A MOBO (Music of Black Origin) Award-nominated musician is aiming to inspire the next generation of talent through the formation of the first-ever junior improvisational jazz ensemble in Northern Ireland.

Composer and drummer David Lyttle created Jazz Juniors because of the lack of opportunities for young players, which often forces them to move away to find work.

Jazz Juniors is made up of nine musicians, aged 10-16, from across Northern Ireland.

Lyttle said: "I am from Northern Ireland and am based here, but over a period of years I started to notice that many of the jazz musicians who reached a good level in Northern Ireland were forced to move. Most of my work is abroad.

"Jazz is something which lends itself to beginning at an early age. It is very difficult, it is the highest level of musical expression.

"It requires the technique and the discipline of the classical musician, but the main part is the improvisation and your personality as a musician. It is a lifelong quest.

David Lyttle advises his young charges on their "lifelong quest"

"It is very difficult to start in jazz as an adult. We have never really had any jazz education here in Northern Ireland.

"Many musicians get to a good level and they can't find work. There is not really a scene here or a large pool of musicians to work with.

"The young people who are part of the first Jazz Juniors ensemble are from classical backgrounds, folk backgrounds, singer-songwriter backgrounds."

Lyttle said the members of Jazz Juniors "work very hard and I work with them once a month".

"Most of them don't have a teacher on their instruments and they are learning jazz with me mostly by ear. It is a tough form of music and it requires a lot of work from the individual," he explained.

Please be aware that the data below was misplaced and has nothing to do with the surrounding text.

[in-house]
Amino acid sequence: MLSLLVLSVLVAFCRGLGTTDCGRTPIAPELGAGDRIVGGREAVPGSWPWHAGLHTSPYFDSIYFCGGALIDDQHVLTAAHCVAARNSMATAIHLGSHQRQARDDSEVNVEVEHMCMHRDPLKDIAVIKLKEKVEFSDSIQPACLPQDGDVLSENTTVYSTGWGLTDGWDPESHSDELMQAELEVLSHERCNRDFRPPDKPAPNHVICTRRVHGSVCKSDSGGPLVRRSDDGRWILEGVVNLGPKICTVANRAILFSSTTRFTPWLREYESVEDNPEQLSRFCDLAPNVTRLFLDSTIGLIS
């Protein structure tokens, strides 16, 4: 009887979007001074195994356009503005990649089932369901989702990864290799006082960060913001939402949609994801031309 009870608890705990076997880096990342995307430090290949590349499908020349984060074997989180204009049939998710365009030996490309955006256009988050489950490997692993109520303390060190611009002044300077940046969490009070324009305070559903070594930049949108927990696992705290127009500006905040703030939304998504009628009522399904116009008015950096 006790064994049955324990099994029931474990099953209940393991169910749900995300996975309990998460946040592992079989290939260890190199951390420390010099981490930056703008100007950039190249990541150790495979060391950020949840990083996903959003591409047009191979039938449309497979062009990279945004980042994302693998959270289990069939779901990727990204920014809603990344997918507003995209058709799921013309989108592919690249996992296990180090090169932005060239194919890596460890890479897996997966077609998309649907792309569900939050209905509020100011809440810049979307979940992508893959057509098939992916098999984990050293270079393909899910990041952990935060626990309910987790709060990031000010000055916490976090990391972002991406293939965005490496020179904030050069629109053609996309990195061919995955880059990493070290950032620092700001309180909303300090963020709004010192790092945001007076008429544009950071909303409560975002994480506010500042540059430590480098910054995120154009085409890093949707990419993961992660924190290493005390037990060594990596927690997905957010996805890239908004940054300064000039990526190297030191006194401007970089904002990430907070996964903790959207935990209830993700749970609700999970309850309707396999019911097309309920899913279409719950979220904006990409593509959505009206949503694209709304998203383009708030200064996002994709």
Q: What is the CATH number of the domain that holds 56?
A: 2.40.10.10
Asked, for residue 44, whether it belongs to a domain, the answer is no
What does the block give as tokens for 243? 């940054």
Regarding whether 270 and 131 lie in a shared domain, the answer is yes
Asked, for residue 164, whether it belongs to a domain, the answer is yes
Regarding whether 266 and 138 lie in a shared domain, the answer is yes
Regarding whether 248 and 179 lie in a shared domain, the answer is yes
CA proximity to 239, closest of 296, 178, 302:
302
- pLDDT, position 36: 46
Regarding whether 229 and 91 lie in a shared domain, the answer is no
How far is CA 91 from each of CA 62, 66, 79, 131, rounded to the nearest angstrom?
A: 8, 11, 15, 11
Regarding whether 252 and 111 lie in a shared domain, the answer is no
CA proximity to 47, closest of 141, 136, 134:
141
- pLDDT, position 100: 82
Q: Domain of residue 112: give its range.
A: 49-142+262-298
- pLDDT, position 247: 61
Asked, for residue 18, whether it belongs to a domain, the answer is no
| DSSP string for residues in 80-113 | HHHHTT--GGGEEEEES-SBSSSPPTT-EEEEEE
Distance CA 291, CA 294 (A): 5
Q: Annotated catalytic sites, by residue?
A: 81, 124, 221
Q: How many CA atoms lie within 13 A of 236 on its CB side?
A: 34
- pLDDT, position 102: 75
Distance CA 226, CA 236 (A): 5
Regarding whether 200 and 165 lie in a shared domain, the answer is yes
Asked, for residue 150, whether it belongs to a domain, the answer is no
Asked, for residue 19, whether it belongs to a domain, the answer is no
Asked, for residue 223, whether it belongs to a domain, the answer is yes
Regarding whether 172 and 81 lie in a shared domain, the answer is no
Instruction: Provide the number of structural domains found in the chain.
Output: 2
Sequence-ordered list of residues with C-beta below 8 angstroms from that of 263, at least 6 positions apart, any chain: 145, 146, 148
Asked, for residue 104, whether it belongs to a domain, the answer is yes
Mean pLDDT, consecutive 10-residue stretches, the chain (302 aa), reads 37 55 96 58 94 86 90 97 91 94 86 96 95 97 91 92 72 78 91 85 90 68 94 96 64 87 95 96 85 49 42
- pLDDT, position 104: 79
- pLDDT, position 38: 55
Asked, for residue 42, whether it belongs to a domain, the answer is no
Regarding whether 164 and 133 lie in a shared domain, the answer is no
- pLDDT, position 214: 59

"The development in them all is just amazing because they really want to get better and every month they improve."

"The young people who are part of the first Jazz Juniors ensemble are from classical backgrounds, folk backgrounds, singer-songwriter backgrounds"

"This project is the first of its kind," Lyttle continued. "There are plenty of schemes where young people can learn classical music and folk, rock and pop, but we've never had a jazz scheme.

"There are always young people who are very gifted on their instruments, who have reached a high level of maturity and they are searching for something which is a bit different and will challenge them.

"We are encouraging them to learn the rich tradition of jazz and respect it, but ultimately to use that as a platform.

"One of the outcomes is there will be more jazz musicians in Northern Ireland. This is our first ensemble, we are halfway through year one. In year two, we will take on another ensemble and keep growing.

"Once we are fully operational in three-and-a-half years, there will be around 40 young musicians who will be eager to learn jazz and will have the talent and ability to do so.

The members of Jazz Juniors

"There will be a bigger scene, but the main thing is that these young people are getting a chance to explore their talent and to explore a type of music that really challenges them."

Part of the Jazz Juniors programme, which is funded by Arts Council NI, allows the young musicians to play in venues with established jazz performers.

The Jazz Juniors ensemble will be opening for Lyttle and his band at the Black Box in Belfast this Saturday as part of the Brilliant Corners Festival.

Source: Press Association

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